• Know your audience and what motivates them
  • Have a clear value proposition
  • Have content and messaging for each target audience and stage of interest
  • Make it easy for potential customers to dig deeper and/or reach out when they are ready to engage
  • Have systems in place to ensure that you can reach out to establish relationships with real interaction (beyond automated-drip marketing.)
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When your value proposition is clear, and it connects with client need, then the odds of that client selecting you, your firm, or your product increases.  When the value proposition is both clear, and experienced (i.e., you deliver what the value proposition promised) then your clients are more likely to share and champion your business.

I spend a lot of time focusing on differentiation. Differentiation is certainly not the only factor for success. Timing, team, business model, and funding are all important to a greater and/or lesser extent.  Differentiation is incredibly important for all businesses, but especially so for service businesses that rely heavily on referral and word-of-mouth.

Here are some main principles and beliefs I hold about differentiation:

  1. Differentiation must be authentic and aligned with your core values.
  2. Differentiation must be both articulated in a way that aligns with client need.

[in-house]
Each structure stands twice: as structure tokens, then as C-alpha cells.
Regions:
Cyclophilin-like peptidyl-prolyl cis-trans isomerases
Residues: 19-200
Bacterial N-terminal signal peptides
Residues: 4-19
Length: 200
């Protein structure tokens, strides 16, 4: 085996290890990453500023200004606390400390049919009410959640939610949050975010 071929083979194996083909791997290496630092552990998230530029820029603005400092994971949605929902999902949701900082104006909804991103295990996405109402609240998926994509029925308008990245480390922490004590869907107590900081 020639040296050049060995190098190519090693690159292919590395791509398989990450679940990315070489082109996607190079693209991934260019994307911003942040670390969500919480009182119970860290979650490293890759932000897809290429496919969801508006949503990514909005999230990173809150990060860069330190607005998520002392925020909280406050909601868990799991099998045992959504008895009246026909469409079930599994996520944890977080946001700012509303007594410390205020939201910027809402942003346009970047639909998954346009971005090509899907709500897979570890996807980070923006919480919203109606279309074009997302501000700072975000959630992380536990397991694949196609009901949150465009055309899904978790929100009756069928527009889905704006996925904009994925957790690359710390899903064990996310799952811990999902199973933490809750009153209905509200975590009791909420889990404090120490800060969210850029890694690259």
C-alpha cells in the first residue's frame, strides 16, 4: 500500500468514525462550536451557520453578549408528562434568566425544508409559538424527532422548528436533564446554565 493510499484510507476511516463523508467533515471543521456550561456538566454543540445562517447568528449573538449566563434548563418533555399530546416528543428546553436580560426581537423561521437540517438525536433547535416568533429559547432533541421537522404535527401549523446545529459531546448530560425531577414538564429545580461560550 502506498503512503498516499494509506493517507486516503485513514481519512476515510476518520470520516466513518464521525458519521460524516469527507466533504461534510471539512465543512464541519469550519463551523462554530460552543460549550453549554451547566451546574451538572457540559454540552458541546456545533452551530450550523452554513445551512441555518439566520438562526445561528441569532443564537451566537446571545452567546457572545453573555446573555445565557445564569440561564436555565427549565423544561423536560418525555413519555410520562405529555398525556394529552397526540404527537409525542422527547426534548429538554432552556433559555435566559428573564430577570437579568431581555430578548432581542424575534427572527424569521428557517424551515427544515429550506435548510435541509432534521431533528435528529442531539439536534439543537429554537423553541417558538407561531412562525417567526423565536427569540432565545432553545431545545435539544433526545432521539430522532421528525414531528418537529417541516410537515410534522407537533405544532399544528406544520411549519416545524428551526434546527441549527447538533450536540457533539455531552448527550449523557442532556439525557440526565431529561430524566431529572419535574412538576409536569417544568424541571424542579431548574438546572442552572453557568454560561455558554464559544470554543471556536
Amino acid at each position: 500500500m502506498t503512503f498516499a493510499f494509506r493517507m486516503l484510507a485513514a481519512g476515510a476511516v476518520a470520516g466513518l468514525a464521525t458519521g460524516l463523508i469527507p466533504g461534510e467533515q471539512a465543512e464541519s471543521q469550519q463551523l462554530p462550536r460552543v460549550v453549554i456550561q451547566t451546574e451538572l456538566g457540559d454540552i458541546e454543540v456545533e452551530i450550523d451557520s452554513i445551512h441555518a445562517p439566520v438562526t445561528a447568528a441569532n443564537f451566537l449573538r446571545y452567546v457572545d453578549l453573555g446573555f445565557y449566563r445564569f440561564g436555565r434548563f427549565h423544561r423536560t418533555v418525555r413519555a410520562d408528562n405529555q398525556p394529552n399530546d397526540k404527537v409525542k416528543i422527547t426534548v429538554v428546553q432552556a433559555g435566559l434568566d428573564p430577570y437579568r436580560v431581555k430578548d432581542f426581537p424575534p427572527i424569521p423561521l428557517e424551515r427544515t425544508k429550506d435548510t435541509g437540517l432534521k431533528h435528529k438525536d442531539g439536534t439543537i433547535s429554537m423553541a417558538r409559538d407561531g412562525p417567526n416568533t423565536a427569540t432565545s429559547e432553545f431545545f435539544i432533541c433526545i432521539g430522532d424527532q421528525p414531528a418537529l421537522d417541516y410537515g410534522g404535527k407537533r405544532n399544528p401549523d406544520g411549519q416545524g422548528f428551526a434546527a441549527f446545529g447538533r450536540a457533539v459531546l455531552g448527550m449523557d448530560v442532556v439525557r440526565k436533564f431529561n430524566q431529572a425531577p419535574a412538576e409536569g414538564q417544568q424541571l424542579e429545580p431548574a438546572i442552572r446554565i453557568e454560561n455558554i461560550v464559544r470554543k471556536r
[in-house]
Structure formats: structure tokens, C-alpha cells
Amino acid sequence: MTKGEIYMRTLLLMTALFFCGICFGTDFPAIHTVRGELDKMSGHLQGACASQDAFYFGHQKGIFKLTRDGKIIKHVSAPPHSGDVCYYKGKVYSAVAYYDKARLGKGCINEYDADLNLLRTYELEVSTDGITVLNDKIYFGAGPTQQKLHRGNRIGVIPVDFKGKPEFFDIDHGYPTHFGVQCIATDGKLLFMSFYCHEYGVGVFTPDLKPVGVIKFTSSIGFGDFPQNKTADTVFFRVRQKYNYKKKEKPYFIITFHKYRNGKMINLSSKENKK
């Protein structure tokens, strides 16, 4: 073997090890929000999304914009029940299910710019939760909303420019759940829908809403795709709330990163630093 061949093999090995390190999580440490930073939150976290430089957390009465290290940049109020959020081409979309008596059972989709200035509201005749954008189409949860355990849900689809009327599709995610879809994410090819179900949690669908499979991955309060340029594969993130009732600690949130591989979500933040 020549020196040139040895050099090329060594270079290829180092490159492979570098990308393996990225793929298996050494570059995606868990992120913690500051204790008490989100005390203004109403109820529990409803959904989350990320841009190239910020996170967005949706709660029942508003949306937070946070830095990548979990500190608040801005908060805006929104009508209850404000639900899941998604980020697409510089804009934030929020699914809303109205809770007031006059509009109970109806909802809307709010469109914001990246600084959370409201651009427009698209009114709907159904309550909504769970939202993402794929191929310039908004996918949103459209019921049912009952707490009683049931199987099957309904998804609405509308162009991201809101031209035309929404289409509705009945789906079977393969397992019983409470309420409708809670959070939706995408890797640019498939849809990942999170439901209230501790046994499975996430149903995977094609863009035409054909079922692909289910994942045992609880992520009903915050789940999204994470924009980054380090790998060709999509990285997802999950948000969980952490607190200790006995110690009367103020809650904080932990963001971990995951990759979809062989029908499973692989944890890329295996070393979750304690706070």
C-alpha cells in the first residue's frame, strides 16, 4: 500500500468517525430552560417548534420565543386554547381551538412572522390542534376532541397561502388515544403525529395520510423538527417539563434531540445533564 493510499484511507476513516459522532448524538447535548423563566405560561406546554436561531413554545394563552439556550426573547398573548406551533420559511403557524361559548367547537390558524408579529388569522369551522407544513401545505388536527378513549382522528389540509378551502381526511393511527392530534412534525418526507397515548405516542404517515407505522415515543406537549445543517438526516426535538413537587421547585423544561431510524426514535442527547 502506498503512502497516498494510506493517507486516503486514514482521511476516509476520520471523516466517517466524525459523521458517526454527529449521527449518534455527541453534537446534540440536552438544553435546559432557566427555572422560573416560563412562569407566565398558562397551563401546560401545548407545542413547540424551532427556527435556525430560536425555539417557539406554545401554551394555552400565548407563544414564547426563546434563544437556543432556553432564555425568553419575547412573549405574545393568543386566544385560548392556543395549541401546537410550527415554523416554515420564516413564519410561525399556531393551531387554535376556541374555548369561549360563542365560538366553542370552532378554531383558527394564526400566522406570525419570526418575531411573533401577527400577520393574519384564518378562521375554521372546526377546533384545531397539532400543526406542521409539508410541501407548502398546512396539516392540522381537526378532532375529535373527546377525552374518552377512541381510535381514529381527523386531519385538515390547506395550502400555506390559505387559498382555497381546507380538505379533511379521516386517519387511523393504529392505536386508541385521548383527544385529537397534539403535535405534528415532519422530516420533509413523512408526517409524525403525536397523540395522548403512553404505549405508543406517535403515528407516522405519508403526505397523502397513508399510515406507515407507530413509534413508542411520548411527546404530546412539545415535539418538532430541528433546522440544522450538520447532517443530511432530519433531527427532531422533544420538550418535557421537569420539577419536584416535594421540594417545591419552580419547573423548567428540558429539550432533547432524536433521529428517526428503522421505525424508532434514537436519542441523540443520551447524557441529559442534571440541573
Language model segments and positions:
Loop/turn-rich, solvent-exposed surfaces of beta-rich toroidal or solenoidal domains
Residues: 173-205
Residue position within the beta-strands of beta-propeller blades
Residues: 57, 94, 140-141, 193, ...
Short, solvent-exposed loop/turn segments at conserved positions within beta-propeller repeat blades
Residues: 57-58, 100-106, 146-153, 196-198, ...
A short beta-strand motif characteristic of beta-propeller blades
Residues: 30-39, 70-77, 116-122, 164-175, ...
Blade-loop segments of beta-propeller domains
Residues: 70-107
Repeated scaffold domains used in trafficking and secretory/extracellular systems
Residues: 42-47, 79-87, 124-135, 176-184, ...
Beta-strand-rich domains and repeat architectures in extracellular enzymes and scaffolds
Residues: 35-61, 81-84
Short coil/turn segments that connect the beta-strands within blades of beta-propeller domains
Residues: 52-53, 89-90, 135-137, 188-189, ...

3. Differentiation must be aligned with the client experience.
  4. Both the articulated and experienced differentiation needs to be easy to share.

Aligned with Values

To be briefly philosophical, I personally believe that this starts at the very personal level of an individual owner or entrepreneur. In other words the exploration of one’s purpose on this planet. It may sound a bit cliche, but reflecting on those ‘meaning of life’ questions often influence the decisions about the type of business we run, and the corporate culture we establish.

Having authentic and sustainable points of differentiation requires serious and honest reflection of one’s self and the corporate culture. Unfortunately, these are tasks often left undone because they fall into the “Important but Not-Urgent” quadrant of time.

As an aside, this is one advantages that startups have over larger mature organizations. For existing organizations, changing corporate culture is one of the hardest feats to undertake.  It is far easier for new organizations to do the work upfront to define the desired and authentic culture. Once defined, it is easier to hire the right cultural fit, instead of trying to get existing personnel to bend to a new culture.

What is your purpose?
What’s Your Purpose?

Aligned With Client Motivation

When it comes to articulating value-proposition, understanding client motivation is critical. I am still occasionally surprised when we have clients that want help with their marketing and strategy, but they don’t want to spend time in discussion or discovery about what really motives their clients.